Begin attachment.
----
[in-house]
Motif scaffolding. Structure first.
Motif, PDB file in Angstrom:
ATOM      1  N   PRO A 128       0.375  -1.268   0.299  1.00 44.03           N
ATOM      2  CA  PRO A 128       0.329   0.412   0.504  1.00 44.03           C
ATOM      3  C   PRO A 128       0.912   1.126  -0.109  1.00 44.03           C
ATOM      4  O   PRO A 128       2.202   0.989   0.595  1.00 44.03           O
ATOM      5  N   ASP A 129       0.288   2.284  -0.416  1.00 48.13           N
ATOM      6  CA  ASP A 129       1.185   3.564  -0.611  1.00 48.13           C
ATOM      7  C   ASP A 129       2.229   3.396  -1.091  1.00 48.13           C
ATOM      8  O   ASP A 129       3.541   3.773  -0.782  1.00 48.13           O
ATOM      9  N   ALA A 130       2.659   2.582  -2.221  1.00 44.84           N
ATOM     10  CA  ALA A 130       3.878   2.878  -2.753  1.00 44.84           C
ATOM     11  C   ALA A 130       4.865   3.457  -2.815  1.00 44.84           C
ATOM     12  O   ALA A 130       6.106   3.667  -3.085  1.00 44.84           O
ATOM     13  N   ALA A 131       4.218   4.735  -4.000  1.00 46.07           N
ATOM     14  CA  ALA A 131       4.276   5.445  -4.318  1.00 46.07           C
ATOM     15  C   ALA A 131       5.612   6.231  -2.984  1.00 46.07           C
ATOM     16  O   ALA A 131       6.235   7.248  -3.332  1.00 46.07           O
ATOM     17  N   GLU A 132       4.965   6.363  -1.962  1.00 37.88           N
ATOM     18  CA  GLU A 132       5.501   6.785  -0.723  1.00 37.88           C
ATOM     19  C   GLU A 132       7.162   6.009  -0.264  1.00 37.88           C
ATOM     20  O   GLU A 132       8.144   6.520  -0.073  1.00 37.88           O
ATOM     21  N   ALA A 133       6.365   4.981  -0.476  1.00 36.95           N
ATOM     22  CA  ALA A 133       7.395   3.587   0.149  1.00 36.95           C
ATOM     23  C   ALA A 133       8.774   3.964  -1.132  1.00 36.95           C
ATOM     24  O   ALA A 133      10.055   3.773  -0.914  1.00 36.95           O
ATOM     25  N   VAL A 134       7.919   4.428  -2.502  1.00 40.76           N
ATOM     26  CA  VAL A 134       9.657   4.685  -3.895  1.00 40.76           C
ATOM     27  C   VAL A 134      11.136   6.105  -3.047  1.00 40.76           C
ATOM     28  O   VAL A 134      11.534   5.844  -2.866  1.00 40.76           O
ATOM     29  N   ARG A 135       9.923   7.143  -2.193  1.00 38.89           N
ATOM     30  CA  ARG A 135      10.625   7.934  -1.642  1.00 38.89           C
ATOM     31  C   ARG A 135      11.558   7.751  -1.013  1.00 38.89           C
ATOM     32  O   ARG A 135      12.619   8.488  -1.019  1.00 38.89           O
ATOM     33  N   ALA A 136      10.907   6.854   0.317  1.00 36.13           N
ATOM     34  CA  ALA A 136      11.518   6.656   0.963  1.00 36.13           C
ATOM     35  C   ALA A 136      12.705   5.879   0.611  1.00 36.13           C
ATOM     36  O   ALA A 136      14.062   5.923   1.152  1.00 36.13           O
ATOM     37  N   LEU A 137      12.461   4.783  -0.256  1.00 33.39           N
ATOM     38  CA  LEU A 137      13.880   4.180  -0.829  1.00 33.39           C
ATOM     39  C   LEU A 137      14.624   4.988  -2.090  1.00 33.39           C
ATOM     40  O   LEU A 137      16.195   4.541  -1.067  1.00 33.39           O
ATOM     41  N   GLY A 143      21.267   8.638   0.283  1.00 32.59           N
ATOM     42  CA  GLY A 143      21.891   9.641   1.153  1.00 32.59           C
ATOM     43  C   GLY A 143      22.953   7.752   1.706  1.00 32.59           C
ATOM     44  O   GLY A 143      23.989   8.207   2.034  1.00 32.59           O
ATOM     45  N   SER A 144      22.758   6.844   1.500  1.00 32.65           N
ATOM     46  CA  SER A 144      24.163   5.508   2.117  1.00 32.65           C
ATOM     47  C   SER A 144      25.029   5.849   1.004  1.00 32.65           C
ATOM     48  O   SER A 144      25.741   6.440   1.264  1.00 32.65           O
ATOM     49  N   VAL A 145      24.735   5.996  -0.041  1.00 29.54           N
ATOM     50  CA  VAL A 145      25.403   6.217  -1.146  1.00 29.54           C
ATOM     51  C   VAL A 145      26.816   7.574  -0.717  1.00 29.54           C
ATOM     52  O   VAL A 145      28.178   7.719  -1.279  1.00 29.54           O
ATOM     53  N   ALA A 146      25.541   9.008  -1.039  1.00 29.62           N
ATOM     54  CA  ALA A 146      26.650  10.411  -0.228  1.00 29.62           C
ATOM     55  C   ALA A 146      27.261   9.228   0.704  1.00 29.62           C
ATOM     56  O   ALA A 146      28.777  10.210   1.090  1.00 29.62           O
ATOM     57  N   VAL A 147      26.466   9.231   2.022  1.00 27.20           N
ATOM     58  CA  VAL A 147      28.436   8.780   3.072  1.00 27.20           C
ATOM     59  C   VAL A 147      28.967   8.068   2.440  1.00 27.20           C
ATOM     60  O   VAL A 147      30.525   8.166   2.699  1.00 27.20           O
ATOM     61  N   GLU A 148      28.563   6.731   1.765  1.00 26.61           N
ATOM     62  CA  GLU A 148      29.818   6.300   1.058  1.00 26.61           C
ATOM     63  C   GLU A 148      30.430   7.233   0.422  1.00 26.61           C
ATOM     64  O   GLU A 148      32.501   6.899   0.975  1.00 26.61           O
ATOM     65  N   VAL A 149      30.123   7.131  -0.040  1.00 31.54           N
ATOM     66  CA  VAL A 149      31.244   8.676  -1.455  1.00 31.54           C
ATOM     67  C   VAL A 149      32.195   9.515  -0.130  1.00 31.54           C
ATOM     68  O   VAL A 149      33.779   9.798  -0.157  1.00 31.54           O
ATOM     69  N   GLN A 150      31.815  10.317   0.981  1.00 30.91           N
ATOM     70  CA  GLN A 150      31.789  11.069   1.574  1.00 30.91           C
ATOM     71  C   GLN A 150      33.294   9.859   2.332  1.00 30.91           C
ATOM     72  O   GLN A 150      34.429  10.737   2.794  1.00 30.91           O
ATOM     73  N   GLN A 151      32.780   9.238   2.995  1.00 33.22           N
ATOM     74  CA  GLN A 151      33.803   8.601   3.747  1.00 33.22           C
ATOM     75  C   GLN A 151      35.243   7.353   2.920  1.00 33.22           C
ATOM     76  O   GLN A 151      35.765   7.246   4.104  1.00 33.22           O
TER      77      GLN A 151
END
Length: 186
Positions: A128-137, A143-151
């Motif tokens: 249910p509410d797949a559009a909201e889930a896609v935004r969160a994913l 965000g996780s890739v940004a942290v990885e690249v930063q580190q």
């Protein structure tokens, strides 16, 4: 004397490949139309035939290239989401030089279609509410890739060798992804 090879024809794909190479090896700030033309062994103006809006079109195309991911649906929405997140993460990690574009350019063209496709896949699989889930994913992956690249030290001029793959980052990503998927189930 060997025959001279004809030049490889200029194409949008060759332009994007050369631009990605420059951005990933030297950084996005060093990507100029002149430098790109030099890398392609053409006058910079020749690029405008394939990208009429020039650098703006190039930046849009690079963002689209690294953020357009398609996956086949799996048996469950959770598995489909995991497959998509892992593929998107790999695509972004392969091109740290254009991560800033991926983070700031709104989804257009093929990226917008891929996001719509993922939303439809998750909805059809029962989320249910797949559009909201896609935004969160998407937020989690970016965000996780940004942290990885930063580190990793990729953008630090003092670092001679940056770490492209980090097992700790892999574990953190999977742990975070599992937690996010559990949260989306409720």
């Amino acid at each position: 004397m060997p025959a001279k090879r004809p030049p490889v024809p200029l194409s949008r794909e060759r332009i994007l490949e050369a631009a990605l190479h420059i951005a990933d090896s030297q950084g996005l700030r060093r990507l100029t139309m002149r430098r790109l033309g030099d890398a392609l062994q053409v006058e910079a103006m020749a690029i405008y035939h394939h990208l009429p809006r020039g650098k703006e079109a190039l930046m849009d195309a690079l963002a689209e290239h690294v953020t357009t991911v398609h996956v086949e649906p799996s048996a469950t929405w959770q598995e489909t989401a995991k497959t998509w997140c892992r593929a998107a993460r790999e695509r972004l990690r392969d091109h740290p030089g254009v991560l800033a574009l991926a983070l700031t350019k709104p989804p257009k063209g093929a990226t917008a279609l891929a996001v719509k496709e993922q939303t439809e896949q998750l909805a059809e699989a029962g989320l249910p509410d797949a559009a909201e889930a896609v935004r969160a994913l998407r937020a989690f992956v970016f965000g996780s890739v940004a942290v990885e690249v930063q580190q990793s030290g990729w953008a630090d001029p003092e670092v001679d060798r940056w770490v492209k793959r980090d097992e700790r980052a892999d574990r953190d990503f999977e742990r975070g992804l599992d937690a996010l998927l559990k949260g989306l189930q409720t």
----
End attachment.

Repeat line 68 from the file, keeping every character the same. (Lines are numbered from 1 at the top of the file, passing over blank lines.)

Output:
ATOM     65  N   VAL A 149      30.123   7.131  -0.040  1.00 31.54           N